- As authorities globally look to ease restrictions intended to contain the coronavirus and reopen economies, Australian Finance Minister Mathias Cormann says the country is on the path to victory against the coronavirus.
- Acknowledging that Australia remains "very focused on avoiding a second wave" of infections, Cormann said the health risk is "appropriately managed at the moment."
- Australia has been among the countries in Asia Pacific that have announced plans to ease lockdown measures put in place earlier to curb the spread of the coronavirus.
As authorities globally look to ease restrictions intended to contain the coronavirus and reopen economies, Australia's finance minister says the country is already on the path to victory against the disease.
"If you look at what's happening in Australia today, I mean, we are winning the battle against the virus," Mathias Cormann, Australia's finance minister, told CNBC's "Squawk Box Asia" on Wednesday.
"The number of active cases is now very, very low," Cormann said. "In some jurisdictions, there are no active cases, in fact."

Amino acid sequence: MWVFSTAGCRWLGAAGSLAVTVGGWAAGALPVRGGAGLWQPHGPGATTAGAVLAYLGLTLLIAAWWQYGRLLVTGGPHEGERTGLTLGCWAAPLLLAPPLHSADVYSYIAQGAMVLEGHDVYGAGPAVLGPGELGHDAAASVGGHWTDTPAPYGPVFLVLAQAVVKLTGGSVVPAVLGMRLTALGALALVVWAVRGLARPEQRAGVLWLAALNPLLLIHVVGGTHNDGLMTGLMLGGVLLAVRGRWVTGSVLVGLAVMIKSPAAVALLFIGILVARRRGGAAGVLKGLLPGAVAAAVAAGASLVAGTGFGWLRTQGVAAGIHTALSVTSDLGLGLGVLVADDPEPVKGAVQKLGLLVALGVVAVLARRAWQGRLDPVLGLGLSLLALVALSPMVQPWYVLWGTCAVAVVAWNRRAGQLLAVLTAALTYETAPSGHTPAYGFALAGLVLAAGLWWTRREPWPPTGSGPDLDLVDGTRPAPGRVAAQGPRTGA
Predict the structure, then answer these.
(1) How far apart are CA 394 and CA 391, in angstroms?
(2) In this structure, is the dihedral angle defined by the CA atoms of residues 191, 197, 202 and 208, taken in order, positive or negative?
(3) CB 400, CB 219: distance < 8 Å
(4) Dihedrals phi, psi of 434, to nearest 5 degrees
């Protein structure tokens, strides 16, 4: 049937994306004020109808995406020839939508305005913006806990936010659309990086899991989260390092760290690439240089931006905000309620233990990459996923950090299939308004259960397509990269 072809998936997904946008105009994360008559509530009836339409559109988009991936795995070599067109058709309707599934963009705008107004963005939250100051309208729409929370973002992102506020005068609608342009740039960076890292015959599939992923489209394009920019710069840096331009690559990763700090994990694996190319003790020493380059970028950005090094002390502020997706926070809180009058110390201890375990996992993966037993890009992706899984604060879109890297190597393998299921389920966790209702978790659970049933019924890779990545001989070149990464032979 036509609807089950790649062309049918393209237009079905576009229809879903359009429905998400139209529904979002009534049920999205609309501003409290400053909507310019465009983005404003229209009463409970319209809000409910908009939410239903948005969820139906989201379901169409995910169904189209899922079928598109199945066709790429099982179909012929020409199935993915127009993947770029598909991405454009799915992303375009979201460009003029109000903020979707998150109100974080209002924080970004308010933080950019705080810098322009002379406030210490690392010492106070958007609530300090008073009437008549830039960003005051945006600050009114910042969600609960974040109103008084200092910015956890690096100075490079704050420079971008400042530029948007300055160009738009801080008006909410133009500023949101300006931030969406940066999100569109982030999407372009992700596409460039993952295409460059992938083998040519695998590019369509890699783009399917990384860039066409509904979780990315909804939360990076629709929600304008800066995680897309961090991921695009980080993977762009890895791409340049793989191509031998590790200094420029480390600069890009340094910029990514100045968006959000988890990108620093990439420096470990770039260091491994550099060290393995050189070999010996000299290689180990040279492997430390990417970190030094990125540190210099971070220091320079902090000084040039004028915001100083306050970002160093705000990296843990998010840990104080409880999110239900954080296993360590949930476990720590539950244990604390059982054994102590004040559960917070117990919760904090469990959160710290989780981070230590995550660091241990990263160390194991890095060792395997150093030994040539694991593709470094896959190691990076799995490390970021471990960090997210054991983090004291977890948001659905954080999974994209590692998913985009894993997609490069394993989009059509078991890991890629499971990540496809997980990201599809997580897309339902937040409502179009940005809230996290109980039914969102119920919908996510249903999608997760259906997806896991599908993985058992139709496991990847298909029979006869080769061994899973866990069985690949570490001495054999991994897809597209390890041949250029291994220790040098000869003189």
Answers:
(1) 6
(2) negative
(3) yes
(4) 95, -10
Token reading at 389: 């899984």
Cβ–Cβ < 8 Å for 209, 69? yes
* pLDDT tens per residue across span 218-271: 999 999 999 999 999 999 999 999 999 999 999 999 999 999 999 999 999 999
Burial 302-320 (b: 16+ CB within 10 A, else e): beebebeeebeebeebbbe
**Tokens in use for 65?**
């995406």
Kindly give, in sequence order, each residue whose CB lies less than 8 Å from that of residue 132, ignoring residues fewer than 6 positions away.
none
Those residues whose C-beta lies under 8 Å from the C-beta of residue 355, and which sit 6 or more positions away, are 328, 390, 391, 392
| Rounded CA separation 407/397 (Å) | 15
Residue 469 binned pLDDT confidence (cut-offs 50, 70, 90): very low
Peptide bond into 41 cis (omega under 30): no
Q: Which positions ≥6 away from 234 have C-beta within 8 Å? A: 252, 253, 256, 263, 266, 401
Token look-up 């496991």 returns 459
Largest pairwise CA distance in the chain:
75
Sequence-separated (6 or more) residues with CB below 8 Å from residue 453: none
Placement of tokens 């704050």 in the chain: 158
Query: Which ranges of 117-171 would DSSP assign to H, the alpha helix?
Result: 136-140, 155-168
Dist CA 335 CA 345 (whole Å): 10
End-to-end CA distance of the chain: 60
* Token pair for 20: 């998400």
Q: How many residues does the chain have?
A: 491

Acknowledging that Australia remains "very focused on avoiding a second wave" of infections, the minister said the health risk is "now appropriately managed."
Australia has been among the countries in Asia Pacific that have announced plans to ease lockdown measures that had been put in place to curb the spread of the coronavirus.
"We want the economy to return back to normal, as close to normal as it possibly can, in a Covid-19 safe way," Cormann said.
Still, authorities in the region remain cautious following a recent uptick in virus cases reported in China and South Korea. Both countries are among the first to report new outbreaks after easing restrictions.
Lockdown measures implemented worldwide have badly hit global economic activity. As a result, many governments hope to reopen their countries as soon as possible, in efforts to limit some of that damage. As part of its efforts to battle the economic fallout of the coronavirus pandemic, Australia's government pledged a massive financial stimulus package of 320 billion Australian dollars (nearly $207 billion).
Cormann said, however, "We certainly don't want to keep this enhanced welfare measures going for any longer than necessary."
"We think that we're in a good position once we are able to ease all those restrictions and return to normality ... at a domestic level to get the economy growing again." Cormann said. "We want people to go back to work and business to get back into business."